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The environmental challenge - Climate action programme in the Diocese of London
If you have a question about this talk, please contact Aaron Gillich.
The talk will be held in two parts.
1. Stragic choices: assessment and planning We will explore how to evaluate our environmental impacts, the risks they impose and their abatement and mitigation; also the need and potential for adaptation to a changing climate. We will set our energy use and carbon footprints in the context of a wider range of environmental issues including water and waste, wildlife and biodiversity, transport and food. We will locate our policy within UK national statute and policy, and the C of E’s national Shrinking the Footprint campaign. We will examine the implications for an organisation and its members who live in society and may be expected to apply shared principles to their own daily lives. We will ask what are the motivators for taking action? How do we deal with scientific uncertainty? Do we only act if others do the same? And political or practical dilemmas like how to balance environmental and economic challenges. Does it all come down to the money?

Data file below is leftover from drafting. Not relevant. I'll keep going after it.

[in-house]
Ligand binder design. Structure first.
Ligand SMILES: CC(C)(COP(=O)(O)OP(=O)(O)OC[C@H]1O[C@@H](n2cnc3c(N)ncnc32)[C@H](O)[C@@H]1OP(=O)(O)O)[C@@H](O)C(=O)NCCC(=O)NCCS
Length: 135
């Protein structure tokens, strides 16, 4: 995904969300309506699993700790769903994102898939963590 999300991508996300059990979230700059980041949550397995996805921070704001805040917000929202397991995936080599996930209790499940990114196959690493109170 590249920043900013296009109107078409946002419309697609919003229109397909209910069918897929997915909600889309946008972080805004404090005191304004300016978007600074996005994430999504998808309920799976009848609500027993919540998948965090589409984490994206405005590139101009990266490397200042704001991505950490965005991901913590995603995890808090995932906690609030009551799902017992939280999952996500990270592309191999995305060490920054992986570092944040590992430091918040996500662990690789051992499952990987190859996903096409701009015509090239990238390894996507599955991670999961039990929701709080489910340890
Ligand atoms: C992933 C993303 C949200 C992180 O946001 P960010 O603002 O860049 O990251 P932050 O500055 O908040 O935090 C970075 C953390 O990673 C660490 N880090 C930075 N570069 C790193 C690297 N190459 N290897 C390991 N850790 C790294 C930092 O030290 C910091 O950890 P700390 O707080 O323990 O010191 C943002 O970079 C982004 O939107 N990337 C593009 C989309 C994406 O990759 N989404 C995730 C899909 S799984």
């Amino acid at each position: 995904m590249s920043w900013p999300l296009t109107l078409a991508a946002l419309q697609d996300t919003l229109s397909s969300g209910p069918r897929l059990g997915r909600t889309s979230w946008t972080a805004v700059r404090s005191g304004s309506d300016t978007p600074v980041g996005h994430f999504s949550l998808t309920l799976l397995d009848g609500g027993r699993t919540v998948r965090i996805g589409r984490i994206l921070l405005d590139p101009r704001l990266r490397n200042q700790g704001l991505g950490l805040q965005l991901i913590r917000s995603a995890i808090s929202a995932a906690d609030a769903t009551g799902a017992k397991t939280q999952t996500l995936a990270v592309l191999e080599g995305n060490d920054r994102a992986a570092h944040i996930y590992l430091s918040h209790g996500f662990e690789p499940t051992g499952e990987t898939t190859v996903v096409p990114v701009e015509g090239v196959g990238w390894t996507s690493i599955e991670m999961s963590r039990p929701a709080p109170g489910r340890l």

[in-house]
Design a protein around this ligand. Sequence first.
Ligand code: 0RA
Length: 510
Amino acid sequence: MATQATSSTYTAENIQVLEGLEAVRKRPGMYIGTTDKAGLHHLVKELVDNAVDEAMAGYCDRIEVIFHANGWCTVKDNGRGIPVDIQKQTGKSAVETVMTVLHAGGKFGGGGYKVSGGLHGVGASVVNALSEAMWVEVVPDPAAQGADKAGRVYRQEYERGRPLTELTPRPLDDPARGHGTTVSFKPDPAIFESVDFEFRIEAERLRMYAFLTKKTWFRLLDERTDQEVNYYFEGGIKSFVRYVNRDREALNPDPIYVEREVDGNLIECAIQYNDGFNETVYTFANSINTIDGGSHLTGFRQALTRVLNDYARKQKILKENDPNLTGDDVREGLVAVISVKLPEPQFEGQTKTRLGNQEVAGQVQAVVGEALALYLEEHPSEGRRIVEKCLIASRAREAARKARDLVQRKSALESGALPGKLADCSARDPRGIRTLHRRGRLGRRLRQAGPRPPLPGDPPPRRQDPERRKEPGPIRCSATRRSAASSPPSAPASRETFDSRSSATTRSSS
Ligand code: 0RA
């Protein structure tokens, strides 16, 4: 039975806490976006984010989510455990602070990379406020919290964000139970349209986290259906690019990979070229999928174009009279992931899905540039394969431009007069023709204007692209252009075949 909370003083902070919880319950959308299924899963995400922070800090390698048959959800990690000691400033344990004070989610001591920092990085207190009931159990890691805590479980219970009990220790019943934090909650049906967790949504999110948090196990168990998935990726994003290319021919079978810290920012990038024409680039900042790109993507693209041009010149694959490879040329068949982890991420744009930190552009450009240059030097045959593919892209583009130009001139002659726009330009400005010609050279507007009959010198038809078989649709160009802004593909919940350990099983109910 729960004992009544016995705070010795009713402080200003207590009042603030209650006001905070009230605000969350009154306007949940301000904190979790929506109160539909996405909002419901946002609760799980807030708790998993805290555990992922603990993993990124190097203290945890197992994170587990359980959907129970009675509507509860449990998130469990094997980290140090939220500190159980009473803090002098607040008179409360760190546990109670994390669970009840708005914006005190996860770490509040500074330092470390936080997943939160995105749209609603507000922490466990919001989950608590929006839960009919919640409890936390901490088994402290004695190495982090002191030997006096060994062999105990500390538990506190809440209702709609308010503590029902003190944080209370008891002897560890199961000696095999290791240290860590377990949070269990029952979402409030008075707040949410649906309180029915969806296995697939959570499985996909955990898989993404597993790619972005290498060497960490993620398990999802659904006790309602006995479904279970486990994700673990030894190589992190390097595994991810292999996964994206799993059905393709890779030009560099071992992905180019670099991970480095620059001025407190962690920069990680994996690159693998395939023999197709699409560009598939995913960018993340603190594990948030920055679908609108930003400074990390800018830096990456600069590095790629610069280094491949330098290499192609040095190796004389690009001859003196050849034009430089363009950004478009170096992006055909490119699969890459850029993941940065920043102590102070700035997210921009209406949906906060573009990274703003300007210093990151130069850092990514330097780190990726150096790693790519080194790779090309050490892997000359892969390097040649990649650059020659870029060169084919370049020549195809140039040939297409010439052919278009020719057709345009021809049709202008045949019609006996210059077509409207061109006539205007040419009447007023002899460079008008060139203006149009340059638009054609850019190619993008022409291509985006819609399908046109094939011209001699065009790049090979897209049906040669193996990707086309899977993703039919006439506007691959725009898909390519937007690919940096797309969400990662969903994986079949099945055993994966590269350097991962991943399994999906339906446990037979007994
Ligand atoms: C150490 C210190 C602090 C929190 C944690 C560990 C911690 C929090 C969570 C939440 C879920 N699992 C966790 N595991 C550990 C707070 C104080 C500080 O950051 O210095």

2. Implementation: learning and application In this second part we will home in on the Diocese of London’s Route 2050 long term plan and specifically its Climate Action Programme for church buildings. We will study how energy use is recorded and carbon footprints calculated then reduced, with reference to the three strands in Climate Action Programme:
- Environmental Audits - Generic Building Solutions - Energy-saving Benchmarking
This programme was introduced in the GreenBridge Symposium in June 2012. We will briefly recap then survey the outputs of these projects and their application to existing buildings, especially historic buildings. We will see how the three strands have reinforced each other, how their conclusions have contributed to an iterative cycle of learning and action while informing specific projects eg for solar panels. We will look forward to our upcoming Generic Building Solutions pilot projects. We will consider the complementary roles of zero and low cost savings and capital works. Finally we will observe how the lessons and techniques learned in London can be exported elsewhere.
Cambridge educated (Pembroke 1972-’75, ‘76-’78), an architect in private practice for 14 years, Brian Cuthbertson was involved with historic buildings including the National Gallery from 1982 to 1991. From 1993 he managed the Diocese of London’s Advisory Committee for church buildings, before taking on the new role of Head of Environmental Challenge. Since then he has been working for the Bishop of London to deliver the Diocese’s environmental commitments. He also edited the C of E’s long-term plan for the environment, part of a UN project with Alliance of Religions and Conservation.
This talk is part of the Sustainability in the Built Environment (GreenBRIDGE) series.
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